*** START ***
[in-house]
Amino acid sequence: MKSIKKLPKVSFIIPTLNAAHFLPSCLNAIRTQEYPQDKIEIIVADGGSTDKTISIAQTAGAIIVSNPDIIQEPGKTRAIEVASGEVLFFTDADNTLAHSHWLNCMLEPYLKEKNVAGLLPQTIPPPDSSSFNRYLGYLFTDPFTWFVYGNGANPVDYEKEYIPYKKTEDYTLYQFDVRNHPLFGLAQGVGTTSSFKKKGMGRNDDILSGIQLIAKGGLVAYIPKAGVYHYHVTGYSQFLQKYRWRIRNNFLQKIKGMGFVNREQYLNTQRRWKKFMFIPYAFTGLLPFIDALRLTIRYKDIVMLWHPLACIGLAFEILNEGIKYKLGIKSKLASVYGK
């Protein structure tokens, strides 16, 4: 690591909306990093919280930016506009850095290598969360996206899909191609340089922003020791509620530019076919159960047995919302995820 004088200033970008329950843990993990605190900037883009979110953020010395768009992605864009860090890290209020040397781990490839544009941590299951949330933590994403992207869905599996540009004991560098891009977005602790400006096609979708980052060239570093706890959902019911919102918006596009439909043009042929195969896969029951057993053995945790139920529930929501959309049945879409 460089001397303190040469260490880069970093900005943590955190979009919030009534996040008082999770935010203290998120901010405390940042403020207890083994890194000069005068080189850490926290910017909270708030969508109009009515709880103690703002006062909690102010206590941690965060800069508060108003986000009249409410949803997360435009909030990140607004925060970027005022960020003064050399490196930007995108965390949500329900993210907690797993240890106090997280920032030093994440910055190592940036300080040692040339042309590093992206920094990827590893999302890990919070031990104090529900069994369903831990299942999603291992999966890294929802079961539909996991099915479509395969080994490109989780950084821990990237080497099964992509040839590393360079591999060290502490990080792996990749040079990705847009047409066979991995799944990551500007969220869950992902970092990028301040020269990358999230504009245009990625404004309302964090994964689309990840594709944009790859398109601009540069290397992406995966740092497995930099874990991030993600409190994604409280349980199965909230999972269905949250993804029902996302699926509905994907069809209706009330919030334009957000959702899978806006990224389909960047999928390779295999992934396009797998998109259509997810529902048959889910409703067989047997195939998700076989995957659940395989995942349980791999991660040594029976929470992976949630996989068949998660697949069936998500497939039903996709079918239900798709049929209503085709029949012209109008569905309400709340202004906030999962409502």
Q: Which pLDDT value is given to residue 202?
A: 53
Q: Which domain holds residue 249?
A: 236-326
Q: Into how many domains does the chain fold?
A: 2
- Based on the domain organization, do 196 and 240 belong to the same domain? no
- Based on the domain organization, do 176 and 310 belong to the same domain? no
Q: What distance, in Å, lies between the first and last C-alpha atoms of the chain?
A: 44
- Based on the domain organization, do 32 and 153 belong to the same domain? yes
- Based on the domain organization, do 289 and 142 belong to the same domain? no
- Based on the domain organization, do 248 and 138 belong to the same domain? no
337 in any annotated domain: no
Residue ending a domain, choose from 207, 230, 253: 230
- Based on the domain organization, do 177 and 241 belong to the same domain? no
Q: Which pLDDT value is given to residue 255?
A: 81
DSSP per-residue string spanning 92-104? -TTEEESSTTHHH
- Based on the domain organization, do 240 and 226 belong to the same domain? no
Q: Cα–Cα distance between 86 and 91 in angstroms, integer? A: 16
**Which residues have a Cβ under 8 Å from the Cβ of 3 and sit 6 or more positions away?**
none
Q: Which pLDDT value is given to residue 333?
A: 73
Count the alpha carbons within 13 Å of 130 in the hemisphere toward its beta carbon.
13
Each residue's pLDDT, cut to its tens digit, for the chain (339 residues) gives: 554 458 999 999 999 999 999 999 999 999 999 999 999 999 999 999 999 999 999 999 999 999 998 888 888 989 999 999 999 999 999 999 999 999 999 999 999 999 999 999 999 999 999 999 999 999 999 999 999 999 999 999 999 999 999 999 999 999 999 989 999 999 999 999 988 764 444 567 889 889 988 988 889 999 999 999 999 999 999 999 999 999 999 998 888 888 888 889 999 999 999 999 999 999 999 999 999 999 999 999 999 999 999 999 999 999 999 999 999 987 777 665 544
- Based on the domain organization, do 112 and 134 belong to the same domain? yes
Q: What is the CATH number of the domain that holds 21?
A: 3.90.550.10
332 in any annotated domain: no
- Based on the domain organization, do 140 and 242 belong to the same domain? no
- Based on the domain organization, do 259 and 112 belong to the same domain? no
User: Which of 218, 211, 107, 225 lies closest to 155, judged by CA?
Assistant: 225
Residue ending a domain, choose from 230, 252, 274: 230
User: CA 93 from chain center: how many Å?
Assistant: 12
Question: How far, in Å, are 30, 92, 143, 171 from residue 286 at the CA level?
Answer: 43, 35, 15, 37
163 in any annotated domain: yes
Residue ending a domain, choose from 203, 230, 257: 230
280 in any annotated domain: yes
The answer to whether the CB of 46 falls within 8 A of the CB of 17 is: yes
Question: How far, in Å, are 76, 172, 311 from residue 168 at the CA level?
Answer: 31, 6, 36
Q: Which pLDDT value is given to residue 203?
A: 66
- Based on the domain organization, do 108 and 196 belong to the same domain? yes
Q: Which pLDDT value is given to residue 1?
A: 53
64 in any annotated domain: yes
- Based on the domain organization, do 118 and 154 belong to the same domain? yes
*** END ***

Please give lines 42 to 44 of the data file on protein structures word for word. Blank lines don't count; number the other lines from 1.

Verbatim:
Assistant: 12
Question: How far, in Å, are 30, 92, 143, 171 from residue 286 at the CA level?
Answer: 43, 35, 15, 37